The hero admits he’s not an expert on mushroom toxicity, but doesn’t phone a friend. One of the first things that should be done in addition to providing for the patient’s medical needs is consulting a toxicology expert (a poison control center is a great place to start). In toxic ingestions of any kind, the medical team needs to know how to counteract the poison. This targeted therapy may be the only thing that will save the patients life. Even if the patient is provided stellar medical interventions, if they’re not given the antidote, it will all be in vain and the patient can proceed to death. That being said, not every poison has an antidote, which then means supportive care.

Let’s discuss these two statements from the novel:

“BP is sixty over palp,” said a nurse, taking the measurement by palpating with her fingertips.
“Pulse one forty-eight by monitor. I can’t even feel a carotid pulse.”

First of all, taking a palpated blood pressure is not usual in the hospital setting. This is typically done by EMS as a quick and dirty measure for obtaining a BP because it is really hard to hear through a stethoscope with sirens blaring above you. Next thing is, one of these two people are wrong. A carotid pulse is considered a central pulse so if it can’t be palpated then the patient is pulseless, has no BP (because you need a palpable pulse to have a BP), and therefore requires CPR no matter what is seen on the monitor. This rhythm is called pulseless electrical activity (PEA) and is treated medically like the patient is asystolic or flatlined. Treatment is high-quality CPR and IV epinephrine, but our hero calls for a central line.

Then there’s this statement:

“Right now, D-five normal saline at two hundred an hour. Wide open.”

D-five normal saline is an IV solution. This is typically not given in a code situation which I won’t highlight here. In reading about this mushroom’s toxicity, I get why the author chose this IV solution, but the reader doesn’t know and so it should be spelled out what the doctor is worried about clinically for this ingestion and how he’s going to treat it.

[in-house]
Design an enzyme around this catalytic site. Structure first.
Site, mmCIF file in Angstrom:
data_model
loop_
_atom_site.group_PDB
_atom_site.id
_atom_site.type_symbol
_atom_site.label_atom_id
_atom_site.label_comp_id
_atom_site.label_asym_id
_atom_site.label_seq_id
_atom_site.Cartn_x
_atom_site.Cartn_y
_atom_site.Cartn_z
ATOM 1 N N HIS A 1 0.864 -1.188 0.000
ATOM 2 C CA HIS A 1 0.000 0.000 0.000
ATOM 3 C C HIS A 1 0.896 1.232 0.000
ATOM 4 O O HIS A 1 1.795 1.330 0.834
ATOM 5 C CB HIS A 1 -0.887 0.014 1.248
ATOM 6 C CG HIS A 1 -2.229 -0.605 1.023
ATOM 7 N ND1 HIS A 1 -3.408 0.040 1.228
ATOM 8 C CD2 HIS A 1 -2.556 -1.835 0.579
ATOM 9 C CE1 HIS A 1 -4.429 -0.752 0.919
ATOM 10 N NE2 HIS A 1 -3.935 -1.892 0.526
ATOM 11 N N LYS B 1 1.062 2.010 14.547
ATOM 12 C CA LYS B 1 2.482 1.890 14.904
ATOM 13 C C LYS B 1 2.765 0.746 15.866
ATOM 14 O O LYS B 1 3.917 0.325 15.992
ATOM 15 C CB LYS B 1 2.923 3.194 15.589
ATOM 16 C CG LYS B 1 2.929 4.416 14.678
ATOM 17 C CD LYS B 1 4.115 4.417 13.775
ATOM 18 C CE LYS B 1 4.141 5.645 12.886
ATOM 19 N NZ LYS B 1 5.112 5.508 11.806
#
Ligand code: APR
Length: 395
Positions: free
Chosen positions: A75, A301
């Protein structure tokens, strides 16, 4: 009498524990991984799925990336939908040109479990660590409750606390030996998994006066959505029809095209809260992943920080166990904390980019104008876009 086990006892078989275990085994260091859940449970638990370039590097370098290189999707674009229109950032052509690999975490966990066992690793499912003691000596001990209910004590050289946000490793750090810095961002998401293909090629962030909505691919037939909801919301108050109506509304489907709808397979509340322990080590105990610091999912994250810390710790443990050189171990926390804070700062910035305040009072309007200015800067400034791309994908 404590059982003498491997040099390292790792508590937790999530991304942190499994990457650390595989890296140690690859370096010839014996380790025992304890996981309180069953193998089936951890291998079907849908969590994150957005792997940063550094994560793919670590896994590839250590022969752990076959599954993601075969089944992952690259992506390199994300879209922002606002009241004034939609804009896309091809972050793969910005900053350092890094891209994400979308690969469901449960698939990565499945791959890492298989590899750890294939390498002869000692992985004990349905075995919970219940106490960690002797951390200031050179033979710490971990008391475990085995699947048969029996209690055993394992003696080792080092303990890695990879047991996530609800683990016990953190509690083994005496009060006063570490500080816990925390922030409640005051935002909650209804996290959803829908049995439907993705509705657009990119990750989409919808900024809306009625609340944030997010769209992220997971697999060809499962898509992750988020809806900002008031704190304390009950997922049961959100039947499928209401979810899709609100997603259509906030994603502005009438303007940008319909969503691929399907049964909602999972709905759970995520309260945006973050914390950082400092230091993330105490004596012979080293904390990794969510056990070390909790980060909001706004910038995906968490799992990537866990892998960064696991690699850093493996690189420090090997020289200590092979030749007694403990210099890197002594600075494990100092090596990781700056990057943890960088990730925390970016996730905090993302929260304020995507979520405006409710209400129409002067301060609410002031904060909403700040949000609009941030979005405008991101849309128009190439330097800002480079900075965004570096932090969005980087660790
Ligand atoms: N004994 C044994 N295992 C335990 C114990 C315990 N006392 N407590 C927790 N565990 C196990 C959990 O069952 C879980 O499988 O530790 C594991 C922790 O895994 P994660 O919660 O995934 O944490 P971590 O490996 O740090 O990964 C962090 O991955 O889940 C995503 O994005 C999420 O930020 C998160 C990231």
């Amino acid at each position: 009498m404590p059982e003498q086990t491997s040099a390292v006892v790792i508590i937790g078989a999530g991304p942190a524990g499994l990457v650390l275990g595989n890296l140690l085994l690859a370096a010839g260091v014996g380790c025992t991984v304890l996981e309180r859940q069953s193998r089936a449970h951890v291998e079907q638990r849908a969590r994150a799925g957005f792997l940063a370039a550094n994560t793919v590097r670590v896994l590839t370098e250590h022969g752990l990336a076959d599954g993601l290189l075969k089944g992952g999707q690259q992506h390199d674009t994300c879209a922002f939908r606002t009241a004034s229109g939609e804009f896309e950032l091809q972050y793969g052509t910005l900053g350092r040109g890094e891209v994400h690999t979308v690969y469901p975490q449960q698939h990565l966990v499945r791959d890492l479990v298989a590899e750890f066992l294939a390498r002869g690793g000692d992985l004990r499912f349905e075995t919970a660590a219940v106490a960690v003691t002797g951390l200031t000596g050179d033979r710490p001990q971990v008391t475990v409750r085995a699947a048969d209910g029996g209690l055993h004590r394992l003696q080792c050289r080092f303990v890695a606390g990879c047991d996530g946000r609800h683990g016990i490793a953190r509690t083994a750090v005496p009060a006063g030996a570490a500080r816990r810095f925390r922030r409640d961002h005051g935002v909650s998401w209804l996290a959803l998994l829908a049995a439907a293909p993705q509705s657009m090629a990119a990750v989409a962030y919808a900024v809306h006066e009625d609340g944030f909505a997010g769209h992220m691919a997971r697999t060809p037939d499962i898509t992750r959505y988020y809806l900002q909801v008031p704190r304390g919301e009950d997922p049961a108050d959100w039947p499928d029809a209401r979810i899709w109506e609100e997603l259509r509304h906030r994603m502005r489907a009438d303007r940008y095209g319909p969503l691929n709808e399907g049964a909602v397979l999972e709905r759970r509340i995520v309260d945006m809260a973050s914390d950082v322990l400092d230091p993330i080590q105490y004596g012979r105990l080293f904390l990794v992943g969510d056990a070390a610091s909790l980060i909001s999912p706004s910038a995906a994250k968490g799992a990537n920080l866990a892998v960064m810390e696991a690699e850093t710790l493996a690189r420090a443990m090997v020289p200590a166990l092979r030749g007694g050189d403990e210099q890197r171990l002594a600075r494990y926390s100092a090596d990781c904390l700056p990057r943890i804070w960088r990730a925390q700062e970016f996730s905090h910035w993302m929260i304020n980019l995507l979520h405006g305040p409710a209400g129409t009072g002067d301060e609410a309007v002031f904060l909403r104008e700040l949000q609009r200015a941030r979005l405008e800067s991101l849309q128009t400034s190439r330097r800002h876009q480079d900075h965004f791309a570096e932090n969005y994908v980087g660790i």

However, what’s really wrong with this statement is that it is a contradiction in terms for the nurse. Either the rate is 200 ml/hr or the rate is wide open which means the IV bag is let to run into the vein via gravity as fast as it will go. In an adult patient, the IV bag could be delivered in as little as five minutes depending on the size of the IV catheter that’s been placed.

Lastly, this gem:

“Compressions at ten per minute.”

There is a lot wrong with this medical scene (too much to blog about here), but this is by far the most egregious. I read this to my accountant husband and even he knew this was not medically correct. In fact, I googled, “How fast should you do CPR?” and it gives the correct answer without having to click into a web site which is 100-120/minute. This can’t even be a typo because one hundred and ten— can you really mistype that?  Flat out, this is an easily researched aspect and there is prolific information out there on doing CPR.

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What’s Wrong with this Medical Scene? Click to Tweet

Just as I ask doctors about the medical accuracy of my scenes, so should nurses be asked. Particularly those who are actively practicing in the area.